Dubai weighing two possible options for an employee healthcare scheme

Health officials in Dubai are weighing two possible options for an employee healthcare scheme, and hope that a phased introduction could begin next year.

Dr Haidar al Yousuf, the head of health funding at Dubai Health Authority (DHA), said their original plan had been delayed because the extra cost to employers would have put jobs at risk during the financial crisis.

He said the choice was now between compulsory health insurance funded by employers and the scheme originally envisaged, in which employers would pay a fixed fee to the Government for each employee. This money would then be distributed to primary healthcare centres.

The introduction had been planned for January 2009, but had been affected by the impact of the financial downturn.

“It was good, but the economy changed completely,” said Dr al Yousuf at the Gulf Health Insurance Forum.

“I’m aware there are frustrations. Things have not moved as quickly as many of us had hoped. But we didn’t want to put businesses out of business.

“If a company has 20,000 employees and they have to pay Dh600 [US$160] for each, for example, how will this affect the cost of building? If I do this tomorrow, am I going to put five, 10 or 20 contracting companies out of business?”

The health authority initially decided against mandatory health insurance, similar to the scheme that has been in place in Abu Dhabi since 2006. It requires employers and sponsors to give health cover to every resident.
Under Dubai’s original plan, employers would have been required to pay the Government a levy – expected to have been between Dh500 and Dh800 – for each employee.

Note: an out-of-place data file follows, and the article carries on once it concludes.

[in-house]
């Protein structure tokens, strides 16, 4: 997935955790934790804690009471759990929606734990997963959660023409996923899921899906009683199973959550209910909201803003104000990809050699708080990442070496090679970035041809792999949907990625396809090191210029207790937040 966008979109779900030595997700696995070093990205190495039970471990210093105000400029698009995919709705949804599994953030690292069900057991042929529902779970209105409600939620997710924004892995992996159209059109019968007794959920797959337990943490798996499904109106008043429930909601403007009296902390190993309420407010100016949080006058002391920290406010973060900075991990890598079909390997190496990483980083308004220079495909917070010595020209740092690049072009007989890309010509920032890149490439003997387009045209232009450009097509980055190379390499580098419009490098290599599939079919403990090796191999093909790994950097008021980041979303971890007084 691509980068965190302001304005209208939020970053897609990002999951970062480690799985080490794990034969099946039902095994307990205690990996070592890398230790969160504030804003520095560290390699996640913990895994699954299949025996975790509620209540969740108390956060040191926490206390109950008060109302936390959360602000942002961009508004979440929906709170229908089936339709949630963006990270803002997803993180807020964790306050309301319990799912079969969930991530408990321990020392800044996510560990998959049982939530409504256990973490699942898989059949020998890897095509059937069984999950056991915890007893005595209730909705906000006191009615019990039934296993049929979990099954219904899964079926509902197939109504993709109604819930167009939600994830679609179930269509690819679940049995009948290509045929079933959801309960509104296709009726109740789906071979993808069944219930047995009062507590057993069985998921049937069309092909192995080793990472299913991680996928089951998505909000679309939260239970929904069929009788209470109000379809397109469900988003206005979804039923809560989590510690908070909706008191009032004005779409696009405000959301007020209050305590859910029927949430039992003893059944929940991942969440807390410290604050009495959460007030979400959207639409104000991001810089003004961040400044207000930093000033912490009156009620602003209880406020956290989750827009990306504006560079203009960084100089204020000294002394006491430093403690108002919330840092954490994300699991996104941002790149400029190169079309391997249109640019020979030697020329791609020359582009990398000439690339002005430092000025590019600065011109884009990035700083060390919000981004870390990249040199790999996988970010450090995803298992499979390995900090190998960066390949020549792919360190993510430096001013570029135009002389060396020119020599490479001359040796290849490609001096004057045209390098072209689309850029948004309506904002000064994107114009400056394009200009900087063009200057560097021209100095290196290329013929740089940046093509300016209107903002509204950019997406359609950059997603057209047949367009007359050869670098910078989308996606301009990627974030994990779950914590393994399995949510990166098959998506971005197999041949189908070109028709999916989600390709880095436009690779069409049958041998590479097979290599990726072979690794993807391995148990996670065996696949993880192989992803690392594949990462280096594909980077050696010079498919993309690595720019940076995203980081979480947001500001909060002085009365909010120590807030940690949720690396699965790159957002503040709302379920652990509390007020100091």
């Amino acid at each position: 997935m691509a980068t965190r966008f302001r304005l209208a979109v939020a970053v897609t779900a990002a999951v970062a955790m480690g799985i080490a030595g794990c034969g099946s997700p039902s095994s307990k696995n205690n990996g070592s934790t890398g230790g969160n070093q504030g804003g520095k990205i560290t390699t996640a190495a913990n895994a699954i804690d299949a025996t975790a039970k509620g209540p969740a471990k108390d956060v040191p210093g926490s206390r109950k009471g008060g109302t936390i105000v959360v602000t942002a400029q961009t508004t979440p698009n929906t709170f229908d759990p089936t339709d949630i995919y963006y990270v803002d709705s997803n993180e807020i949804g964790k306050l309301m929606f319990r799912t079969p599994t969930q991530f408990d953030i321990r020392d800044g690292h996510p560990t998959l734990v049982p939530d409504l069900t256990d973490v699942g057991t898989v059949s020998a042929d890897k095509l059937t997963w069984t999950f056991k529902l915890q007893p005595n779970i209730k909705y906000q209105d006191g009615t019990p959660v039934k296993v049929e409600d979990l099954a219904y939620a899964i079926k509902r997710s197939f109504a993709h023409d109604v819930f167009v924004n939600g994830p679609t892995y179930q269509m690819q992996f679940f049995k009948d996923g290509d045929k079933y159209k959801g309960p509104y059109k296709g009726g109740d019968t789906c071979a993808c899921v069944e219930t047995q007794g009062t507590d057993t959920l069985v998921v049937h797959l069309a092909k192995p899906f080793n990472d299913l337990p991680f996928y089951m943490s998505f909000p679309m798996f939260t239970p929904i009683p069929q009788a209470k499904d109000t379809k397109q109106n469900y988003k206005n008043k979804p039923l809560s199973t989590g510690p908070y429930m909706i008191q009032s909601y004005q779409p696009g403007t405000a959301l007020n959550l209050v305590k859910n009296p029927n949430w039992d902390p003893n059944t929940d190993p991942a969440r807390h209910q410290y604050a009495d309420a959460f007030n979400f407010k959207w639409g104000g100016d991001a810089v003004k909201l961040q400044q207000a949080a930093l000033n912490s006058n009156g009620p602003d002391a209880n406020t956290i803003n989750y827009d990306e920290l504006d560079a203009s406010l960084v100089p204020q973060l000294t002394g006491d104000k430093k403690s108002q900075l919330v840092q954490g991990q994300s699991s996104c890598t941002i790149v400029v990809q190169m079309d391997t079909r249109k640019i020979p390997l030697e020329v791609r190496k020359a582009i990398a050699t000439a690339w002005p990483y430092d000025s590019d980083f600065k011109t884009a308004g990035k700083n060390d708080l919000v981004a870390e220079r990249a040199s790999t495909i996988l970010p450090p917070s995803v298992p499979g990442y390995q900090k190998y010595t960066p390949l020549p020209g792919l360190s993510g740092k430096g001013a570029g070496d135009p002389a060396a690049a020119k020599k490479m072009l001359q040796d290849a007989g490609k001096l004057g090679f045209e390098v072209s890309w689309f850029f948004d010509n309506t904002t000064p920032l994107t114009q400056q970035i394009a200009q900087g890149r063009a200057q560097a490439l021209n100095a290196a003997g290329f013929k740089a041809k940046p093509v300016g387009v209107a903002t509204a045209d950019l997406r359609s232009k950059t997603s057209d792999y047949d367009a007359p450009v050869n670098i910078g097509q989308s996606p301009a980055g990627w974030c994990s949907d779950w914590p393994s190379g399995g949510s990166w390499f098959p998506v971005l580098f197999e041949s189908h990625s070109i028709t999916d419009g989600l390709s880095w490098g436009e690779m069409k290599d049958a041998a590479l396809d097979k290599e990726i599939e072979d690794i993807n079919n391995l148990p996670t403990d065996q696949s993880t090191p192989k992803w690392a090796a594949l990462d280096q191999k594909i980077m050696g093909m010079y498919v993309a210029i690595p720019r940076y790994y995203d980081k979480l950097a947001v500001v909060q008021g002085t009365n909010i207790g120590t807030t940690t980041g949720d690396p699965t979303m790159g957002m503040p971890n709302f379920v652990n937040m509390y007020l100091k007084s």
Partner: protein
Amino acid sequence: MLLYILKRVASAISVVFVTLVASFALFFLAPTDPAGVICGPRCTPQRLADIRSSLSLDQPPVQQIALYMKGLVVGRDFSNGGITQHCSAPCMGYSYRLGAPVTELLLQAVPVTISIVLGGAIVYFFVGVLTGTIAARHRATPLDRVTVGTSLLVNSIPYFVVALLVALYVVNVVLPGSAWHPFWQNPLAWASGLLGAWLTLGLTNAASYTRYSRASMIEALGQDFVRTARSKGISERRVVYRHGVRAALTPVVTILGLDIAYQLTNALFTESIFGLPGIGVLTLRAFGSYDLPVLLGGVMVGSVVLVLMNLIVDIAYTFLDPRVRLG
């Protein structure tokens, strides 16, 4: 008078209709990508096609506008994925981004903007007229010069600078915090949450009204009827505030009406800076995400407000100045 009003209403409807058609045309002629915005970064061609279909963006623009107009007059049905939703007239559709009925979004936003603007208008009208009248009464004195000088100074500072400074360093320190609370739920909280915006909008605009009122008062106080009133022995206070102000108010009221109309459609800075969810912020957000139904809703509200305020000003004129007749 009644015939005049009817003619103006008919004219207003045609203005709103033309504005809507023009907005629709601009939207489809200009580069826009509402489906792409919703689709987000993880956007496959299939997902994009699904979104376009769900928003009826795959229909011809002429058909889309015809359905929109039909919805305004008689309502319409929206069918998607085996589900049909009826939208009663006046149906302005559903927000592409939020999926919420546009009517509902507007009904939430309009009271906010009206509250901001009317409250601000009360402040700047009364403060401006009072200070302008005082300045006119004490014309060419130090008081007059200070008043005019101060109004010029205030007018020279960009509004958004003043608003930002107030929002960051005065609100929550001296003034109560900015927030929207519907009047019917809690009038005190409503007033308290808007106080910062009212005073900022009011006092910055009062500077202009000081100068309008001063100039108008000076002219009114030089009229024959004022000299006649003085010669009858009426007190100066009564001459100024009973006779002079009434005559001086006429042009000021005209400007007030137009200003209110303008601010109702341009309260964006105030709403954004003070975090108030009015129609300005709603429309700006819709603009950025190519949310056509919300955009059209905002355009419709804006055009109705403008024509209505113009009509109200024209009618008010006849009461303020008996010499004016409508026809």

Every resident would have to register with an outpatient clinic, which would be given a set amount to provide them with free “basic health services”.

“Insurance is, in some ways, the easier to implement,” said Dr al Yousuf. “But the long-term good effects of the funding option are also important. Primary health care is very important. At the moment it is a 50-50 situation.”

Both plans would be put before the Executive Council by the end of the year, and a phased introduction could begin next year, he said. It would start with the sectors in which workers are least able to afford health care, said Dr al Yousuf.

In May last year, the authority said it was delaying the scheme until this year, citing the “current environment”.

Agreeing that access to healthcare should be a basic right, Dr al Yousuf said: “We need to make sure we do it responsibly and don’t shoot ourselves in the foot.”

Dr al Yousuf urged employers not to set themselves against whatever health care requirements ended up being put in place.

“I would encourage them to be more responsible and provide their people with [healthcare] solutions,” he said. “Do not be obstructive when something is introduced.”

Courtesy The National